|Submission Date||March 5, 2021|
EN-14: Participation in Public Policy
|2.00 / 2.00||
Does the institution advocate for public policies that support campus sustainability or that otherwise advance sustainability at the municipal/local level?:
A brief description of how the institution engages in public policy advocacy for sustainability at the municipal/local level:
(1) Seattle University and the Independent Colleges of Washington have spoken and written in favor of the Seattle Promise as part of our and ICWs overall effort to increase opportunity and equity in higher education. Seattle Promise is the City of Seattle's college tuition and student success program designed to provide the financial support and personal guidance needed to thrive in college. The program is open to all Seattle public high school graduates regardless of grade point average (GPA), income or country of birth.
(2) Seattle U is a supporter/member of the Seattle Streetcar Coalition and has testified publicly and privately for increasing low-cost public transportation options in Seattle numerous times over the past few years.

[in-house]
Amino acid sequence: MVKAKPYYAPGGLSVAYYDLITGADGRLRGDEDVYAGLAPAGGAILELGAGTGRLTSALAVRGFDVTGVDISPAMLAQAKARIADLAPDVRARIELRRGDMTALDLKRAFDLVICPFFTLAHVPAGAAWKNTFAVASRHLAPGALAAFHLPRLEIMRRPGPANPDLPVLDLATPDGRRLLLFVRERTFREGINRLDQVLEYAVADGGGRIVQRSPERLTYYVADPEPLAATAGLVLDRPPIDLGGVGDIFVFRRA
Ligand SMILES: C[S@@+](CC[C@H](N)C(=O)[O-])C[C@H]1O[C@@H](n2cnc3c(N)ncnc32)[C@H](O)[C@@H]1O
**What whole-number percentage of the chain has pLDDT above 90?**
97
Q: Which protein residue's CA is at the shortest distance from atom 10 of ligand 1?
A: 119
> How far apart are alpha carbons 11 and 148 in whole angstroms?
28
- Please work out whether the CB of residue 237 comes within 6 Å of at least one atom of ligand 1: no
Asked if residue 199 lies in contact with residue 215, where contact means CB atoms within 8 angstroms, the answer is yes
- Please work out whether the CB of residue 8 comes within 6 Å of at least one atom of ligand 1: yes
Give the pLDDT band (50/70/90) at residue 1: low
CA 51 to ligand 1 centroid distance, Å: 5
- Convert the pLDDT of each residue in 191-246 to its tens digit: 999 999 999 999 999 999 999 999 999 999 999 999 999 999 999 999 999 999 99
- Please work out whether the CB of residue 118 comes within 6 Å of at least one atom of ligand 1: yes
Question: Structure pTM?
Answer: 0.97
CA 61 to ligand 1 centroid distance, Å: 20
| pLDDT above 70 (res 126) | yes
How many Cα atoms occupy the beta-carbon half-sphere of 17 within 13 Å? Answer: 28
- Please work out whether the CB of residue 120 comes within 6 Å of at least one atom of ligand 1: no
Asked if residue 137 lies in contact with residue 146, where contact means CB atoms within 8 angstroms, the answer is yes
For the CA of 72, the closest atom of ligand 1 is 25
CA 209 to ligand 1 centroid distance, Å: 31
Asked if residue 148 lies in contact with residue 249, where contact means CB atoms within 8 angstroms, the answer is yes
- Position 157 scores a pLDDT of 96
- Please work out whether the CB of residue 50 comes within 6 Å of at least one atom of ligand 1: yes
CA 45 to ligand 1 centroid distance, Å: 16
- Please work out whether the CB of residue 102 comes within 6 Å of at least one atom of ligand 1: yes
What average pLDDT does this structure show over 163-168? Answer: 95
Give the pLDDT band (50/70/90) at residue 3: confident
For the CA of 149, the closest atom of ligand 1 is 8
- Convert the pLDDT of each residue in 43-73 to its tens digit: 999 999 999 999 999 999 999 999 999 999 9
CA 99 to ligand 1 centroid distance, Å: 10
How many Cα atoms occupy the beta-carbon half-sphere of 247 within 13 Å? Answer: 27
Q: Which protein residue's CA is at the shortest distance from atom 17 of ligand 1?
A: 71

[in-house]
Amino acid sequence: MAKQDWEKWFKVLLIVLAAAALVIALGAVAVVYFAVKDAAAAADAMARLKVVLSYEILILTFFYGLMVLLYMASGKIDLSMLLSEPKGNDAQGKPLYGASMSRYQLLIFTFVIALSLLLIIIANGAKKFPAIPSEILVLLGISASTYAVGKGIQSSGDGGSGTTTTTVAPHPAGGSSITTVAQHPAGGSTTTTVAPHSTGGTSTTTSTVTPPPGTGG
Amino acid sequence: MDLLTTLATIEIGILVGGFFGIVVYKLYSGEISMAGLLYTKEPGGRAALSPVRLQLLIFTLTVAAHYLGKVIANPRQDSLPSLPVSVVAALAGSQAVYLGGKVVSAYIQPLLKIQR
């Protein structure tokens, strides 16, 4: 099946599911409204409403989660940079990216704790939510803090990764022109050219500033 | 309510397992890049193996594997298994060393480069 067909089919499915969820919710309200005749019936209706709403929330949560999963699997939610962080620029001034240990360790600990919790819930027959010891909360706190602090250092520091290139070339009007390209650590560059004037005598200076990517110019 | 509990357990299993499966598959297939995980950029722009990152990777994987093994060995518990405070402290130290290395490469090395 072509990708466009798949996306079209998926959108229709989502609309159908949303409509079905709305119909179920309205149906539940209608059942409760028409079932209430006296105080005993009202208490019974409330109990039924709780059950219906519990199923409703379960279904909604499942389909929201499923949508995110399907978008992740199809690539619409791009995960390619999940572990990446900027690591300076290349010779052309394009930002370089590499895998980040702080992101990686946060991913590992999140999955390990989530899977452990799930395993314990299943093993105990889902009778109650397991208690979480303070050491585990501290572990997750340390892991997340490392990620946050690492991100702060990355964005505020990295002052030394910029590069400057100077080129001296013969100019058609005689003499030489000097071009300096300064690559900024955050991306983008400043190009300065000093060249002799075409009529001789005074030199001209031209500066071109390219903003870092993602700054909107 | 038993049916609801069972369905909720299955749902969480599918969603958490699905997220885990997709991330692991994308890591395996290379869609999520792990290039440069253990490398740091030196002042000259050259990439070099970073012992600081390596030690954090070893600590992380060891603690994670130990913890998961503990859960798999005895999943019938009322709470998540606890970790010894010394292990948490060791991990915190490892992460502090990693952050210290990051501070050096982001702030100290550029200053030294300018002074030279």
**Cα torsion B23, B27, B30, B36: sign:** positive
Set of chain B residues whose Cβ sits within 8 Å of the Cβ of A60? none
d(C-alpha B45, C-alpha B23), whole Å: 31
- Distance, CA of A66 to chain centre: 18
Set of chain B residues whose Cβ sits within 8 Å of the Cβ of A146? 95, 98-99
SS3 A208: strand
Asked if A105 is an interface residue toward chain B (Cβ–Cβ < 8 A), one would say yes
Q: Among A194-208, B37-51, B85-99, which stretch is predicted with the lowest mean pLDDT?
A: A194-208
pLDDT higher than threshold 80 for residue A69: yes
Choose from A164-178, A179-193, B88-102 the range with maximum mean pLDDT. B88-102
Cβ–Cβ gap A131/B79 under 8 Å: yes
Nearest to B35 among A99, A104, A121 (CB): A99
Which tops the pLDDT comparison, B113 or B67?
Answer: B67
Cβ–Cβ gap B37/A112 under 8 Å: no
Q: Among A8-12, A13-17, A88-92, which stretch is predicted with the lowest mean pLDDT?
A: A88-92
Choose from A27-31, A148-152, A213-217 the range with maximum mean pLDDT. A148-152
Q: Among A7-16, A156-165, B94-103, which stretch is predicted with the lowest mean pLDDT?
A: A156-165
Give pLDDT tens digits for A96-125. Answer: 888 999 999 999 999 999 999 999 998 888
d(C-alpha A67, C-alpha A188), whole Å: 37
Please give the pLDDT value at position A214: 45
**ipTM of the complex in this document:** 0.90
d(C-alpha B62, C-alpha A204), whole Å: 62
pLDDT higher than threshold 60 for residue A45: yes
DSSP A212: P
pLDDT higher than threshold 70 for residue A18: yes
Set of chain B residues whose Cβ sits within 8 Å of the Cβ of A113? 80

(3) The Homeless Rights Advocacy Project (HRAP) engages Seattle University School of Law students in effective legal and policy research, analysis, and advocacy work to advance the rights of homeless adults, youth, and children. HRAP:
a. Advocates for the repeal of laws that criminalize homelessness and poverty and for the pursuit of alternatives that better address the root problems of homelessness and poverty. See: https://law.seattleu.edu/centers-and-institutes/korematsu-center/initiatives/homeless-rights-advocacy-project/hrap-news-and-events
b. Provides law students with intensive, challenging education in the fundamentals of policy research, analysis, and advocacy in the context of homeless rights advocacy.
c. Builds partnerships across a broad range of disciplines with community members, advocates, academic institutions, and other stakeholders to advance the rights of homeless people.
d. Increases access to resources (education, information, communication) to support anti-criminalization advocacy.
(4) In light of the new rapid bus line for Madison Avenue (at Seattle University campus), slated to open in 2022, Seattle University and our students advocated on behalf of a safer crossing point at 10th and East Madison St. as the Rapid Ride corridor is built out. The plan now includes a pedestrian traffic signal at upper mall and Madison which the university community has wanted for a very long time for the safety of our students.